Why arts education has to deal with the European crisis
24/06/2013“At a time when global resources and economies tighten, arts and cultural education has a role in re-inventing, re-visioning, re-searching new and traditional means for engaging communities and especially young people.”
This was the mission statement of the second “World Summit on Arts Education – Polylogue II” that took place in May 2013 in Wildbad Kreuth/Bavaria. Representatives of more than 40 countries gathered in the idyllic Bavarian Alps to discuss questions on “evaluation”, “mapping” and “competences”. Many contributions were characterised by the desire to somehow demonstrate the added value of arts education to foster competences in a wider social and economic context. Again, the case was made for creativity and innovation as instrumental to overcome the crisis.
The social crisis as a taboo
The crisis itself, its reasons and consequences remained widely excluded from the discussion. All of us seemed to having arranged with the fact that the worsening circumstances of a growing number of “young people” are not part of our considerations. No one talked about the masses of unemployed youngsters in Southern Europe and the consequences, pauperisation and radicalisation. No one mentioned the destruction of talent among a whole generation. No one referred to the collapse of political concepts, useless in their attempt to soften the effects of capitalism. No one asked what this means for arts education. Obviously, this turned the normative targets to foster creativity into empty phrases.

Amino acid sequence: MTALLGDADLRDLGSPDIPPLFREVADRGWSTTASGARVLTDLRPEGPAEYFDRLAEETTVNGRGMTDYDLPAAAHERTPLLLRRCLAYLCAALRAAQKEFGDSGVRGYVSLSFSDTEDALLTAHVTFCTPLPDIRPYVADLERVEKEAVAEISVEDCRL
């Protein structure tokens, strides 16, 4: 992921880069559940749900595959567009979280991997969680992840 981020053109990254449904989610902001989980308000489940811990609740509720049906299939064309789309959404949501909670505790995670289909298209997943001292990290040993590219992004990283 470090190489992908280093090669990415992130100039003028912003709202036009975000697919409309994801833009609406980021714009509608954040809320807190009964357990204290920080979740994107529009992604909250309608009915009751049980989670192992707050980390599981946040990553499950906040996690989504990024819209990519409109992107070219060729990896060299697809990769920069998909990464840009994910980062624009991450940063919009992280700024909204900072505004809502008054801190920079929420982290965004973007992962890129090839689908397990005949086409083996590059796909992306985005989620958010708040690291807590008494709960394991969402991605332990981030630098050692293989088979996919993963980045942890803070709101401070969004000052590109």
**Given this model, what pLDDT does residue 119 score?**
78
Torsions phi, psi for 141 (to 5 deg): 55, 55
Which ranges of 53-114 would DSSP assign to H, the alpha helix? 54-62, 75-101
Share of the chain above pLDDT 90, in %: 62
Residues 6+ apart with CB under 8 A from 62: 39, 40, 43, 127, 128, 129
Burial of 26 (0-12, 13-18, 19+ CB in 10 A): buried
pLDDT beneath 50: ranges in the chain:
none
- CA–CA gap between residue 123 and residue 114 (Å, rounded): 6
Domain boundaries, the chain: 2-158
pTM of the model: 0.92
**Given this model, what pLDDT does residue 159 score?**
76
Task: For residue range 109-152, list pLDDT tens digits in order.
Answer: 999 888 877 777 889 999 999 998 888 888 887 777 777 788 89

Interested in why arts education has cultivated an ignorance of the harsh realities, I came across a text of Mary Ann Stankiewicz, Professor of arts education in Pennsylvania. In “Capitalizing art education: Mapping international histories” (2007), she concludes: “British, European and North American modes of art education developed with the rise of capitalism and emergence of a middle class”.
In this she detects a coincidence between the demand to support art education as an essential part of general education and the enforcement of the logics of the market economy, with a rising middle class as its proponent. The basis of this class was formed by both the acquisition of financial capital and symbolic capital (Bourdieu). Therefore, arts education “made capitalism successful in a sustainable way to be organized in the frame of nations within which the middle class could find its cultural identification“.